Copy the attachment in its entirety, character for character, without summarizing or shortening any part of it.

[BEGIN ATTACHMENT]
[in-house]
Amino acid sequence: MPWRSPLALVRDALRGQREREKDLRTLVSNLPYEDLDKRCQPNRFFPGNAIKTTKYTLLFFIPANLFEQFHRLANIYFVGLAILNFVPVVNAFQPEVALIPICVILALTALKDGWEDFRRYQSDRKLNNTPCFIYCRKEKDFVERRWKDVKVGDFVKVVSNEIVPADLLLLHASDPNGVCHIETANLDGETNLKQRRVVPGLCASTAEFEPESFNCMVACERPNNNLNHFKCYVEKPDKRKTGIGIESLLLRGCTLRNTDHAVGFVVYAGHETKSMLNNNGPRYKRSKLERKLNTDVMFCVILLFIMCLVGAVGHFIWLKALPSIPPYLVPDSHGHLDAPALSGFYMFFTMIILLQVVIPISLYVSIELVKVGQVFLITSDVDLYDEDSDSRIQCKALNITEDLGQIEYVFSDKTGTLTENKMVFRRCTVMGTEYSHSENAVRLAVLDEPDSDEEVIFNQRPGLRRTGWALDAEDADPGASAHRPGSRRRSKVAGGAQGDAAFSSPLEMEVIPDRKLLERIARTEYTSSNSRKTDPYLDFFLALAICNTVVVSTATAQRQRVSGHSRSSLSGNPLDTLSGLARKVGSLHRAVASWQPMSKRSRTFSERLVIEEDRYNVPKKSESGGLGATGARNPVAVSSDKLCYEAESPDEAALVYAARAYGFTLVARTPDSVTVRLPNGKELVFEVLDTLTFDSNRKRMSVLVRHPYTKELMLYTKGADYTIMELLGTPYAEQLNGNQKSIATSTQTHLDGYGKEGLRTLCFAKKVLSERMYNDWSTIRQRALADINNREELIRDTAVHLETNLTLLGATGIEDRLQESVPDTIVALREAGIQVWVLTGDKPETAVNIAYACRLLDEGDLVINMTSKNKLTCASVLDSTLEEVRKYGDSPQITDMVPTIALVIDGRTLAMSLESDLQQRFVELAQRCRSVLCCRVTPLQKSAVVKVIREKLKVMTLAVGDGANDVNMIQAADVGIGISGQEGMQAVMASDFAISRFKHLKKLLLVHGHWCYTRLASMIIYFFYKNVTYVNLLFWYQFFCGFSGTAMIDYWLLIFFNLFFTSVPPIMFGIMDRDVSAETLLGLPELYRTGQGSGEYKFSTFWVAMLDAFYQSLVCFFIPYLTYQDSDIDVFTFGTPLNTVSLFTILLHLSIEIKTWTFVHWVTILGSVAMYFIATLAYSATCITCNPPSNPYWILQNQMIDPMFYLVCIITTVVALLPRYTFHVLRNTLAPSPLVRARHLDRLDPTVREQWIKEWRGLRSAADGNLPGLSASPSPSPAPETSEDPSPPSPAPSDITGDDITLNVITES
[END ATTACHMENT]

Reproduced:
[in-house]
Amino acid sequence: MPWRSPLALVRDALRGQREREKDLRTLVSNLPYEDLDKRCQPNRFFPGNAIKTTKYTLLFFIPANLFEQFHRLANIYFVGLAILNFVPVVNAFQPEVALIPICVILALTALKDGWEDFRRYQSDRKLNNTPCFIYCRKEKDFVERRWKDVKVGDFVKVVSNEIVPADLLLLHASDPNGVCHIETANLDGETNLKQRRVVPGLCASTAEFEPESFNCMVACERPNNNLNHFKCYVEKPDKRKTGIGIESLLLRGCTLRNTDHAVGFVVYAGHETKSMLNNNGPRYKRSKLERKLNTDVMFCVILLFIMCLVGAVGHFIWLKALPSIPPYLVPDSHGHLDAPALSGFYMFFTMIILLQVVIPISLYVSIELVKVGQVFLITSDVDLYDEDSDSRIQCKALNITEDLGQIEYVFSDKTGTLTENKMVFRRCTVMGTEYSHSENAVRLAVLDEPDSDEEVIFNQRPGLRRTGWALDAEDADPGASAHRPGSRRRSKVAGGAQGDAAFSSPLEMEVIPDRKLLERIARTEYTSSNSRKTDPYLDFFLALAICNTVVVSTATAQRQRVSGHSRSSLSGNPLDTLSGLARKVGSLHRAVASWQPMSKRSRTFSERLVIEEDRYNVPKKSESGGLGATGARNPVAVSSDKLCYEAESPDEAALVYAARAYGFTLVARTPDSVTVRLPNGKELVFEVLDTLTFDSNRKRMSVLVRHPYTKELMLYTKGADYTIMELLGTPYAEQLNGNQKSIATSTQTHLDGYGKEGLRTLCFAKKVLSERMYNDWSTIRQRALADINNREELIRDTAVHLETNLTLLGATGIEDRLQESVPDTIVALREAGIQVWVLTGDKPETAVNIAYACRLLDEGDLVINMTSKNKLTCASVLDSTLEEVRKYGDSPQITDMVPTIALVIDGRTLAMSLESDLQQRFVELAQRCRSVLCCRVTPLQKSAVVKVIREKLKVMTLAVGDGANDVNMIQAADVGIGISGQEGMQAVMASDFAISRFKHLKKLLLVHGHWCYTRLASMIIYFFYKNVTYVNLLFWYQFFCGFSGTAMIDYWLLIFFNLFFTSVPPIMFGIMDRDVSAETLLGLPELYRTGQGSGEYKFSTFWVAMLDAFYQSLVCFFIPYLTYQDSDIDVFTFGTPLNTVSLFTILLHLSIEIKTWTFVHWVTILGSVAMYFIATLAYSATCITCNPPSNPYWILQNQMIDPMFYLVCIITTVVALLPRYTFHVLRNTLAPSPLVRARHLDRLDPTVREQWIKEWRGLRSAADGNLPGLSASPSPSPAPETSEDPSPPSPAPSDITGDDITLNVITES